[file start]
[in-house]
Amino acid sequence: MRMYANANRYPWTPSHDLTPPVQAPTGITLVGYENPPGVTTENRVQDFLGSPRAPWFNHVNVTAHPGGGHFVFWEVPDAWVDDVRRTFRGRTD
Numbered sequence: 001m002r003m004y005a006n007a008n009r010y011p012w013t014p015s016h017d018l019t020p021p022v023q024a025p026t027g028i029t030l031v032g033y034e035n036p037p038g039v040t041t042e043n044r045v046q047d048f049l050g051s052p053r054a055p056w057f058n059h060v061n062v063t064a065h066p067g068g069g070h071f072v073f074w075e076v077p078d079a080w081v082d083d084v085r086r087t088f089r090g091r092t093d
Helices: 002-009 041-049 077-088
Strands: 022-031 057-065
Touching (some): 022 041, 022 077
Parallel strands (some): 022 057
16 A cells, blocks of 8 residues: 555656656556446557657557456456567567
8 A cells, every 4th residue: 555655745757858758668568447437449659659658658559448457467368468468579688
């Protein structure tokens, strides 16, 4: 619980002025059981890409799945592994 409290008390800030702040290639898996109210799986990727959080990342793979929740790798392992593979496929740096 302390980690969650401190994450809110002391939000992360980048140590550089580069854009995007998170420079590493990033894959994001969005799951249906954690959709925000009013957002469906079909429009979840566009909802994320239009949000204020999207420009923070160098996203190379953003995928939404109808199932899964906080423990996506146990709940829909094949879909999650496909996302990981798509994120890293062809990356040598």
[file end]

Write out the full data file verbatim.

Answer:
[in-house]
Amino acid sequence: MRMYANANRYPWTPSHDLTPPVQAPTGITLVGYENPPGVTTENRVQDFLGSPRAPWFNHVNVTAHPGGGHFVFWEVPDAWVDDVRRTFRGRTD
Numbered sequence: 001m002r003m004y005a006n007a008n009r010y011p012w013t014p015s016h017d018l019t020p021p022v023q024a025p026t027g028i029t030l031v032g033y034e035n036p037p038g039v040t041t042e043n044r045v046q047d048f049l050g051s052p053r054a055p056w057f058n059h060v061n062v063t064a065h066p067g068g069g070h071f072v073f074w075e076v077p078d079a080w081v082d083d084v085r086r087t088f089r090g091r092t093d
Helices: 002-009 041-049 077-088
Strands: 022-031 057-065
Touching (some): 022 041, 022 077
Parallel strands (some): 022 057
16 A cells, blocks of 8 residues: 555656656556446557657557456456567567
8 A cells, every 4th residue: 555655745757858758668568447437449659659658658559448457467368468468579688
């Protein structure tokens, strides 16, 4: 619980002025059981890409799945592994 409290008390800030702040290639898996109210799986990727959080990342793979929740790798392992593979496929740096 302390980690969650401190994450809110002391939000992360980048140590550089580069854009995007998170420079590493990033894959994001969005799951249906954690959709925000009013957002469906079909429009979840566009909802994320239009949000204020999207420009923070160098996203190379953003995928939404109808199932899964906080423990996506146990709940829909094949879909999650496909996302990981798509994120890293062809990356040598």